The risk of heart attack can be anticipated a few years before it occurs. How is it possible

The risk of heart attack can be anticipated a few years before it occurs. How is it possible

The risk of infarction a few years before it occurs is a scenario that seems unlikely, but the latest scientific findings ensure the veracity of this scenario. The research was published in The Lancet Medical Journal in 2018.

A new method of scanning imaging can predict the risk of an infarction many years before it occurs. The procedure, created by teams from Oxford University, institutions in Germany and the United States, uses algorithms to examine the coronary artery fat layer by analyzing a cardiac tomography.

Artery inflammation is an early warning sign for about 30% of infarction, researchers say.

"If it is possible to identify inflammation in the coronary arteries, then you can specify which arteries … will cause the heart attack," says Charalambos Antoniades, professor of cardiovascular medicine at Oxford.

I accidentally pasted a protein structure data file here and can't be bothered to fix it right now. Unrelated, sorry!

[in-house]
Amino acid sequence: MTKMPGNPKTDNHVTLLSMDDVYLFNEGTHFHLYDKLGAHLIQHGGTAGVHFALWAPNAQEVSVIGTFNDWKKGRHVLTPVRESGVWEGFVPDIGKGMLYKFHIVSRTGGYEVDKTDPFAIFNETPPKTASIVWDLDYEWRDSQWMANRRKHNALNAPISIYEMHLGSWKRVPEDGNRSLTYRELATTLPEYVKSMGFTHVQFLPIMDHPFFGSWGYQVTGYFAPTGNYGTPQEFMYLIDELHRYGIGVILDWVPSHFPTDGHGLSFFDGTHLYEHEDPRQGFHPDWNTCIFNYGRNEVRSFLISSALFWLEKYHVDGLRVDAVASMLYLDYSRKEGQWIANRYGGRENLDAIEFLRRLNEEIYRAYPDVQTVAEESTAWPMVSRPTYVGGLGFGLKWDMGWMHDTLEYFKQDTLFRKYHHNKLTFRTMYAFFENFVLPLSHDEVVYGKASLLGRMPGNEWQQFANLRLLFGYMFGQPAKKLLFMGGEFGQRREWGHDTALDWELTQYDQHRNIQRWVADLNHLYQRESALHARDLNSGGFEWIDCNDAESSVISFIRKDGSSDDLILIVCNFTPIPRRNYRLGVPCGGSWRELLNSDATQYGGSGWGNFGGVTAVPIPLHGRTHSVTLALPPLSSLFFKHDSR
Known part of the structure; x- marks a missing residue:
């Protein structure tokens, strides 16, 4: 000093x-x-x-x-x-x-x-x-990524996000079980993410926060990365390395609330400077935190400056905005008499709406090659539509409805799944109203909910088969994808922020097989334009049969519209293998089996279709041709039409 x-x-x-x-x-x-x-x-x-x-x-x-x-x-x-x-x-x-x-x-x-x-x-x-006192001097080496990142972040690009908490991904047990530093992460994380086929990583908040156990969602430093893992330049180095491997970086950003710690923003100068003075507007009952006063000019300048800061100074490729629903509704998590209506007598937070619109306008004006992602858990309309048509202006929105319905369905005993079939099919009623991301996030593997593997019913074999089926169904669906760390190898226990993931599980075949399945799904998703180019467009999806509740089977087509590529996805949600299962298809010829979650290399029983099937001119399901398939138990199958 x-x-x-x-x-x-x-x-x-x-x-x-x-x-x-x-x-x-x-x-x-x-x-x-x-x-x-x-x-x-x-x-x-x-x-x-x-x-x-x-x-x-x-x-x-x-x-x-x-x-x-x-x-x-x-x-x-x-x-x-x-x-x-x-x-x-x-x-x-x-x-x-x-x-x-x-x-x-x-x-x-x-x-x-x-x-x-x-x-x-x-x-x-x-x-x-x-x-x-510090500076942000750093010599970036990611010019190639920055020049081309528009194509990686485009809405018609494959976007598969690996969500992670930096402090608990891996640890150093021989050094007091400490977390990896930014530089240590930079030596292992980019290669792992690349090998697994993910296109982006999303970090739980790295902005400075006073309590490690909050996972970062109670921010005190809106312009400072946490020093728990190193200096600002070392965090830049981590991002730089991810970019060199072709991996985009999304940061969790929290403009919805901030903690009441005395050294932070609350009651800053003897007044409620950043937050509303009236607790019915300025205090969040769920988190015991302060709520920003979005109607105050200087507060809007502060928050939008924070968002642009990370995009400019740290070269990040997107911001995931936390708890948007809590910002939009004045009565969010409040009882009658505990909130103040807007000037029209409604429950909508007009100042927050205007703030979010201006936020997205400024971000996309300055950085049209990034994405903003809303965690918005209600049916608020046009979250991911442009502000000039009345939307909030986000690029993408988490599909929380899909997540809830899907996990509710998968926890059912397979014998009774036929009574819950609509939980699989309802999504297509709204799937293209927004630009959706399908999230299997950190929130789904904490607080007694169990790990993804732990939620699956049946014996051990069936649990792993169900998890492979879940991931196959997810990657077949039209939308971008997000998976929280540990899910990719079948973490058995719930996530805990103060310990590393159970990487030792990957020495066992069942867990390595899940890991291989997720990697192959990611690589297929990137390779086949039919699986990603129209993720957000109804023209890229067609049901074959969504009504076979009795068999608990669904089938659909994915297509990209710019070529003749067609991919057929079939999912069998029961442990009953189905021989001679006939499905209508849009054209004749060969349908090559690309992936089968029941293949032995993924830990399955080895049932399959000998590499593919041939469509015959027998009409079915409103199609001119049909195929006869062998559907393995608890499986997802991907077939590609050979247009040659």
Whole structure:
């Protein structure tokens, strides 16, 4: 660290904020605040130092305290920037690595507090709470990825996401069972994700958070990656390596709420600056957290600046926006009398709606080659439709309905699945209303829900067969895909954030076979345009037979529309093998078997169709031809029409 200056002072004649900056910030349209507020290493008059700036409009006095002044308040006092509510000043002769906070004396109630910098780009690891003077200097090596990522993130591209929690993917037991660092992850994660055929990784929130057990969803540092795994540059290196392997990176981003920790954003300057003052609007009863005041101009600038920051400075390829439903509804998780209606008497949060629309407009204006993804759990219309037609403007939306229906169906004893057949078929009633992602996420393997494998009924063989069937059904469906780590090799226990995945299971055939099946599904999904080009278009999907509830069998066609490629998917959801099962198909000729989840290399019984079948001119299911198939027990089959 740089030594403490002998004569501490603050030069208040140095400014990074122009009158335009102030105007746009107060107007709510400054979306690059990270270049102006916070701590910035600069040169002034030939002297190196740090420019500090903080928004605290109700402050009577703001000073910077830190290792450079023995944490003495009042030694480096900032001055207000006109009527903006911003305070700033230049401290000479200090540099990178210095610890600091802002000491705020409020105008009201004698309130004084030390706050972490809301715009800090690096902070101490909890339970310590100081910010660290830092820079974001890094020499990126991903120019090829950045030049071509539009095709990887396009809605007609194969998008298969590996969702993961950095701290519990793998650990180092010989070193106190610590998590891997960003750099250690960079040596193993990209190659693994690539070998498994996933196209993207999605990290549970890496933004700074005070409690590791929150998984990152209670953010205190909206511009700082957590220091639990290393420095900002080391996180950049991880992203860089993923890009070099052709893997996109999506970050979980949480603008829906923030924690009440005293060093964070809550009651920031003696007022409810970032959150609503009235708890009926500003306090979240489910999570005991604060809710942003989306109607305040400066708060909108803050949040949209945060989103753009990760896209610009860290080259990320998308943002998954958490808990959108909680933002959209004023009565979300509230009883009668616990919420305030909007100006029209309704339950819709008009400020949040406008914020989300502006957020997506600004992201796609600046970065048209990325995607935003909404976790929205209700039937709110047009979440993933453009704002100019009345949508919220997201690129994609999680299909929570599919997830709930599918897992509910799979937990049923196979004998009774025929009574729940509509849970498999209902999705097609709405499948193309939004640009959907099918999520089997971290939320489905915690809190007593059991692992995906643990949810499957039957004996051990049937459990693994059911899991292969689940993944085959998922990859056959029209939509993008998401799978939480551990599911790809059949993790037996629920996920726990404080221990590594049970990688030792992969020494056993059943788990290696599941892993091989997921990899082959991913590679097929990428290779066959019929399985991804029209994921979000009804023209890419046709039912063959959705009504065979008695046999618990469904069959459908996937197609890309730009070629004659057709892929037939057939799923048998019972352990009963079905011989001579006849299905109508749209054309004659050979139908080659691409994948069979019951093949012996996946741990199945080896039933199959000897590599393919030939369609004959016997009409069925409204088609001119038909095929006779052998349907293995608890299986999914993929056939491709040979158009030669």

"With the new technology we have at our disposal, we can do this by analyzing simple tomographies."

Most of the heart attacks are caused by a fatty plaque in the artery that stops the blood flow. Currently, tomography can tell the doctor if an artery has already become thinner due to fat.

With the help of new technology, for which researchers hope to obtain the necessary authorizations both in the United States and in Europe within a year, physicians will be able to predict which arteries are in danger of narrowing.

"We can say … your arteries are inflamed and will narrow over the next five years. So you can start applying precautions to avoid plaque formation, "says Antoniades.

Coronary heart disease and stroke are the leading causes of death worldwide.

"Although we have not estimated the exact number of heart attacks we can prevent, it will be possible to identify at least 20 or 30 percent of the individuals before suffering such an attack," says Antoniades.

A company collaborating with Oxford University is currently developing a service that can analyze any tomography in the world in about 24 hours.

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